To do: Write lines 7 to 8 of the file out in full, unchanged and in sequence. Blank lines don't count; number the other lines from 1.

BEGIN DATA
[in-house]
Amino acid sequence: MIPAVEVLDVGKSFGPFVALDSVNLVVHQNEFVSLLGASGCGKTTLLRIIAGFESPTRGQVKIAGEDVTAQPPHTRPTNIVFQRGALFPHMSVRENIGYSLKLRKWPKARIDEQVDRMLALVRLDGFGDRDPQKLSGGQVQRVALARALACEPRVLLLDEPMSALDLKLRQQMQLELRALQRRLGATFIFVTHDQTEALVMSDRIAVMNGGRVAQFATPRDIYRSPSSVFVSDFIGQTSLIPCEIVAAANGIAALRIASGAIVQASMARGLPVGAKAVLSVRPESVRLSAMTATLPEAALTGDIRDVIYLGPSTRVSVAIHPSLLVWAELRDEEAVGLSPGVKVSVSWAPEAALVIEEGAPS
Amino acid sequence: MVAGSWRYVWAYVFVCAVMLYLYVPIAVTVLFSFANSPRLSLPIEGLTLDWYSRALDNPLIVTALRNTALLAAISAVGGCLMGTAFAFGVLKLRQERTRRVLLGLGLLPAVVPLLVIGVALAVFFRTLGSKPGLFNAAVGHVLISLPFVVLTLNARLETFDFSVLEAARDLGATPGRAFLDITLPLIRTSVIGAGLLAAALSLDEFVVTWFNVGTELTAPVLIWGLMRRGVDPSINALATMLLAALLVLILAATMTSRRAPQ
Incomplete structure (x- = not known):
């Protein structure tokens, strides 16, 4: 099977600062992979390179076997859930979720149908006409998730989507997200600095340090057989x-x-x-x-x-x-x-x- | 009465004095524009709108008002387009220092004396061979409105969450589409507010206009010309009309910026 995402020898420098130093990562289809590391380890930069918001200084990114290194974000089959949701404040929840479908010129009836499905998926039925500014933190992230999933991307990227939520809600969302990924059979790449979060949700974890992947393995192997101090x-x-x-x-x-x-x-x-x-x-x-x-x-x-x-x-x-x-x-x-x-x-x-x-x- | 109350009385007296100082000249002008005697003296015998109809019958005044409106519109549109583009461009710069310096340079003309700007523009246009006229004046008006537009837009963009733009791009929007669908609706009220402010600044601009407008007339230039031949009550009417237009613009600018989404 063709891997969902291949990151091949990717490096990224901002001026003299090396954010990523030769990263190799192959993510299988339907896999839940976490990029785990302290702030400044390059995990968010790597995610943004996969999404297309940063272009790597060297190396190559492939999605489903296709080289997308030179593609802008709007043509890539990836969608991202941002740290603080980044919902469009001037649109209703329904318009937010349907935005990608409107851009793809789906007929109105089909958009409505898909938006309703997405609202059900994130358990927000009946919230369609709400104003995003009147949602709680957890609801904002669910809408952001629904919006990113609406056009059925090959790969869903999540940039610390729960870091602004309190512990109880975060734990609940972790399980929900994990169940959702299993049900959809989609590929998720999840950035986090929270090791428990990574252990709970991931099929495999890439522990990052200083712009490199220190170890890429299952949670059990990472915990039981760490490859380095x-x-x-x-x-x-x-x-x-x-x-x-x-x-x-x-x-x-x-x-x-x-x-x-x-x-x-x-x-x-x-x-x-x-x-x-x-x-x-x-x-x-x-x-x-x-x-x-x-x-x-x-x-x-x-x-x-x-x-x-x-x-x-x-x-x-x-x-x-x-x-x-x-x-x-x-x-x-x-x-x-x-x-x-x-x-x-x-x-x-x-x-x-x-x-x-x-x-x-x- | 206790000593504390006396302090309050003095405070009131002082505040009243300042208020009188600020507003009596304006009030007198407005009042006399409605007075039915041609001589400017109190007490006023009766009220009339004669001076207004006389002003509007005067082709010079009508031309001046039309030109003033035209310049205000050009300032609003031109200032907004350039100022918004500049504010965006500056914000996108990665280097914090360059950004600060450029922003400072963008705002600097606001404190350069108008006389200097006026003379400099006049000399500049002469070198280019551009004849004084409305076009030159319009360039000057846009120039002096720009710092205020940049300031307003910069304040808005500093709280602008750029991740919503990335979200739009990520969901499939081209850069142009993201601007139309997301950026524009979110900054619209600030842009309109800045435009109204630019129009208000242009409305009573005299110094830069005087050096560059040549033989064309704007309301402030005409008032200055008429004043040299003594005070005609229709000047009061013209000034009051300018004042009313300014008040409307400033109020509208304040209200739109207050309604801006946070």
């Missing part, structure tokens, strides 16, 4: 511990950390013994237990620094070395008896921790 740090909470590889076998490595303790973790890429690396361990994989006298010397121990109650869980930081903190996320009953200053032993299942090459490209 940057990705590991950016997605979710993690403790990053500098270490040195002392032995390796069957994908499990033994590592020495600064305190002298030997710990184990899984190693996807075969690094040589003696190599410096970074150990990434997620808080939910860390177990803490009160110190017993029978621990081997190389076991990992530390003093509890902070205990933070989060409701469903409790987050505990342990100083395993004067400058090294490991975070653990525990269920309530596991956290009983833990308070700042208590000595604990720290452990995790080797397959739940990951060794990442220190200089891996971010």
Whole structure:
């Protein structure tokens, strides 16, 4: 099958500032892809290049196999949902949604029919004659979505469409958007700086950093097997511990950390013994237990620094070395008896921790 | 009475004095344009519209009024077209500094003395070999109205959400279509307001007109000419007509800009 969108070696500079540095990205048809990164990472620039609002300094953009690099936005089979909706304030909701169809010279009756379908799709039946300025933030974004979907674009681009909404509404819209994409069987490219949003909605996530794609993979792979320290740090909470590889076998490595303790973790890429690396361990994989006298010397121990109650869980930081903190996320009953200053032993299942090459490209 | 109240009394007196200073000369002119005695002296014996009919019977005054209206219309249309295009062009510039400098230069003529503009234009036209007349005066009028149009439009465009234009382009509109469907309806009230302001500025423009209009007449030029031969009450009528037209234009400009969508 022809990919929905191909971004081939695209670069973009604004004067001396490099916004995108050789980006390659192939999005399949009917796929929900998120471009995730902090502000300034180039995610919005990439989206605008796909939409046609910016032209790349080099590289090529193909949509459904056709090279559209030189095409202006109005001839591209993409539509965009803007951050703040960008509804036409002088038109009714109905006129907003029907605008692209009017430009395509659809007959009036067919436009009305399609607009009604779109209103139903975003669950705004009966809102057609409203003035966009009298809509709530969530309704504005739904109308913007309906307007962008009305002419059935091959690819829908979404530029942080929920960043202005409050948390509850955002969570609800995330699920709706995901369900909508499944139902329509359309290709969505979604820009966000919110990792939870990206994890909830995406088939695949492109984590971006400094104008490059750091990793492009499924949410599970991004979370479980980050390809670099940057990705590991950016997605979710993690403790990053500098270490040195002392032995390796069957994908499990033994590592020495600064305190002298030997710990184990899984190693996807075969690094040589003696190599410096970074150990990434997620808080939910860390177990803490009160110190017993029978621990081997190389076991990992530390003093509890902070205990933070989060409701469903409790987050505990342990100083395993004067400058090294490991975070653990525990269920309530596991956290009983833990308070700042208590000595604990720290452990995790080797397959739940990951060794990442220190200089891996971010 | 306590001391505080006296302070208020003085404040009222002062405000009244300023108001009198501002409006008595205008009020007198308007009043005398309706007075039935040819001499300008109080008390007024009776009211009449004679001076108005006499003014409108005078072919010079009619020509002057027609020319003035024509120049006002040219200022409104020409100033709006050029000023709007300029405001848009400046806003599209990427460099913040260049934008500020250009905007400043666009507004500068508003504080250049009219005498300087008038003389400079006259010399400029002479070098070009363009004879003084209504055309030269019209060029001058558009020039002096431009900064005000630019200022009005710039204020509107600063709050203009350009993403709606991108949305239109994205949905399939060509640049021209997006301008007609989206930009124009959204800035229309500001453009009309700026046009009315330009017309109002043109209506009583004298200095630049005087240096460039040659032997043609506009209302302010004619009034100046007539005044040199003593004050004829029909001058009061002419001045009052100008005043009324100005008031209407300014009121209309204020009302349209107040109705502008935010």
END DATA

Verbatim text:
Whole structure:
């Protein structure tokens, strides 16, 4: 099958500032892809290049196999949902949604029919004659979505469409958007700086950093097997511990950390013994237990620094070395008896921790 | 009475004095344009519209009024077209500094003395070999109205959400279509307001007109000419007509800009 969108070696500079540095990205048809990164990472620039609002300094953009690099936005089979909706304030909701169809010279009756379908799709039946300025933030974004979907674009681009909404509404819209994409069987490219949003909605996530794609993979792979320290740090909470590889076998490595303790973790890429690396361990994989006298010397121990109650869980930081903190996320009953200053032993299942090459490209 | 109240009394007196200073000369002119005695002296014996009919019977005054209206219309249309295009062009510039400098230069003529503009234009036209007349005066009028149009439009465009234009382009509109469907309806009230302001500025423009209009007449030029031969009450009528037209234009400009969508 022809990919929905191909971004081939695209670069973009604004004067001396490099916004995108050789980006390659192939999005399949009917796929929900998120471009995730902090502000300034180039995610919005990439989206605008796909939409046609910016032209790349080099590289090529193909949509459904056709090279559209030189095409202006109005001839591209993409539509965009803007951050703040960008509804036409002088038109009714109905006129907003029907605008692209009017430009395509659809007959009036067919436009009305399609607009009604779109209103139903975003669950705004009966809102057609409203003035966009009298809509709530969530309704504005739904109308913007309906307007962008009305002419059935091959690819829908979404530029942080929920960043202005409050948390509850955002969570609800995330699920709706995901369900909508499944139902329509359309290709969505979604820009966000919110990792939870990206994890909830995406088939695949492109984590971006400094104008490059750091990793492009499924949410599970991004979370479980980050390809670099940057990705590991950016997605979710993690403790990053500098270490040195002392032995390796069957994908499990033994590592020495600064305190002298030997710990184990899984190693996807075969690094040589003696190599410096970074150990990434997620808080939910860390177990803490009160110190017993029978621990081997190389076991990992530390003093509890902070205990933070989060409701469903409790987050505990342990100083395993004067400058090294490991975070653990525990269920309530596991956290009983833990308070700042208590000595604990720290452990995790080797397959739940990951060794990442220190200089891996971010 | 306590001391505080006296302070208020003085404040009222002062405000009244300023108001009198501002409006008595205008009020007198308007009043005398309706007075039935040819001499300008109080008390007024009776009211009449004679001076108005006499003014409108005078072919010079009619020509002057027609020319003035024509120049006002040219200022409104020409100033709006050029000023709007300029405001848009400046806003599209990427460099913040260049934008500020250009905007400043666009507004500068508003504080250049009219005498300087008038003389400079006259010399400029002479070098070009363009004879003084209504055309030269019209060029001058558009020039002096431009900064005000630019200022009005710039204020509107600063709050203009350009993403709606991108949305239109994205949905399939060509640049021209997006301008007609989206930009124009959204800035229309500001453009009309700026046009009315330009017309109002043109209506009583004298200095630049005087240096460039040659032997043609506009209302302010004619009034100046007539005044040199003593004050004829029909001058009061002419001045009052100008005043009324100005008031209407300014009121209309204020009302349209107040109705502008935010």